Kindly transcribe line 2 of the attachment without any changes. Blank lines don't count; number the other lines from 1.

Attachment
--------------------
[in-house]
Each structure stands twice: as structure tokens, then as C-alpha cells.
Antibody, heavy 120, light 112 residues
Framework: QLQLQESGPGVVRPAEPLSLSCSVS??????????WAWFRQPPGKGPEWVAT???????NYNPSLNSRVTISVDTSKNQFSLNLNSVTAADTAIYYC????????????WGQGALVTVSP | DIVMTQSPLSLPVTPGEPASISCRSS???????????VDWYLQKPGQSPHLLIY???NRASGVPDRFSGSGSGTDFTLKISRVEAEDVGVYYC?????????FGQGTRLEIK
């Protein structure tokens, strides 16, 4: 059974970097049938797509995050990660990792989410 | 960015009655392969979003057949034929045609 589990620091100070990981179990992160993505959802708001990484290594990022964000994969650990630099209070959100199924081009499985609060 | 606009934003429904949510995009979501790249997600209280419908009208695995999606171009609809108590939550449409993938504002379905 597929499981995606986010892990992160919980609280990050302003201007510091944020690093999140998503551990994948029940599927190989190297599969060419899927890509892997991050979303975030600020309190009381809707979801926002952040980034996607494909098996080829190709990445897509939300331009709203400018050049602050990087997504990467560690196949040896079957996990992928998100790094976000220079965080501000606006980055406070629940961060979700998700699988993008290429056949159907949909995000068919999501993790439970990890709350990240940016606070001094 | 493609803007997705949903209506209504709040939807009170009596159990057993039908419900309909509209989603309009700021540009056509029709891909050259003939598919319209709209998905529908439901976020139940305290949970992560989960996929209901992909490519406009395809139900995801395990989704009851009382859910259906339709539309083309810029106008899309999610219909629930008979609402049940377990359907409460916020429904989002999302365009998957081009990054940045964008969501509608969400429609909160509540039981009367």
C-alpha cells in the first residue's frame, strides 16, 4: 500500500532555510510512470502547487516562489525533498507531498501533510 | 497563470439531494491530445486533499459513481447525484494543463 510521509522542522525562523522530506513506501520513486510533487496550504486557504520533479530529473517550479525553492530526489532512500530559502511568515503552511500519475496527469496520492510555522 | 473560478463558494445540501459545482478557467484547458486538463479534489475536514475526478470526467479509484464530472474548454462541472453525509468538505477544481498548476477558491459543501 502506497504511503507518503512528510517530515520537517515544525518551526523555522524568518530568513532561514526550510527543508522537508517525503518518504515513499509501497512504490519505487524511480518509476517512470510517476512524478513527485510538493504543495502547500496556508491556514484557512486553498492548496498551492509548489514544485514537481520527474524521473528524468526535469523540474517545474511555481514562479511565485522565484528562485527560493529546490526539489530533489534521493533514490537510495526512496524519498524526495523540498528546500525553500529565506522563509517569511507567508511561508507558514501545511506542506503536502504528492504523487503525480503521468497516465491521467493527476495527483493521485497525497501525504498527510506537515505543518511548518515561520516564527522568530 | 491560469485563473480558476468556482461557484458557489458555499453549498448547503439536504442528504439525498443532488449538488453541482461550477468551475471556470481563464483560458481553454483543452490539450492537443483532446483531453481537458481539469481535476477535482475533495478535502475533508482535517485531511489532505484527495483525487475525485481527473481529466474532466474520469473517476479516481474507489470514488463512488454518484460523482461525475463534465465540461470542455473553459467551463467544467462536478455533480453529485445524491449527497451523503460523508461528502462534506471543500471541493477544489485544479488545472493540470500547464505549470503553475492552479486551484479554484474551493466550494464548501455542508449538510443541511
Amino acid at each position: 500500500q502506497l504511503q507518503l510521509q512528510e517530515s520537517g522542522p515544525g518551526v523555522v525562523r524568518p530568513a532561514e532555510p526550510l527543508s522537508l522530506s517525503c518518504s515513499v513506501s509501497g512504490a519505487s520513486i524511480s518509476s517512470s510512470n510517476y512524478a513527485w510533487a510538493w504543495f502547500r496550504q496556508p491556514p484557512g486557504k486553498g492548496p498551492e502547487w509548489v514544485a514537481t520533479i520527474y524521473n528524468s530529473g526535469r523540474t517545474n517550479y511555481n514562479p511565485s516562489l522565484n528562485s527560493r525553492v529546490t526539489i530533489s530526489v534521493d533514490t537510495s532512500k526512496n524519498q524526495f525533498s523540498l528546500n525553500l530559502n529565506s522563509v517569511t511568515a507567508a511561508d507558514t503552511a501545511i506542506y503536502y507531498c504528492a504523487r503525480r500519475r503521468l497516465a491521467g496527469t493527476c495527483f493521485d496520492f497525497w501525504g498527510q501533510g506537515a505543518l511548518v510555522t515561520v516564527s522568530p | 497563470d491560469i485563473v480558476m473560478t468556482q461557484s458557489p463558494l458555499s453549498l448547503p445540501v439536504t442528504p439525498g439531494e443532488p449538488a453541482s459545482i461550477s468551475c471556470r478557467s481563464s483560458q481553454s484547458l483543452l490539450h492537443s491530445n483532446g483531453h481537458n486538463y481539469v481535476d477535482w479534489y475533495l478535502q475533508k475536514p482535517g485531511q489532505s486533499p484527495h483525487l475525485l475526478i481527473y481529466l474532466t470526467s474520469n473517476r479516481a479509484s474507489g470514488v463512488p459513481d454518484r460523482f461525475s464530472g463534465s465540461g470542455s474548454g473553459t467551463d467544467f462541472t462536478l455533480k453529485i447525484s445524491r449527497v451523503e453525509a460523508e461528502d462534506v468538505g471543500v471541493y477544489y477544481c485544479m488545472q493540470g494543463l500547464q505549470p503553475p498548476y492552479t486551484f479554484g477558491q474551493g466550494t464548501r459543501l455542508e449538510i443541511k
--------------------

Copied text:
Each structure stands twice: as structure tokens, then as C-alpha cells.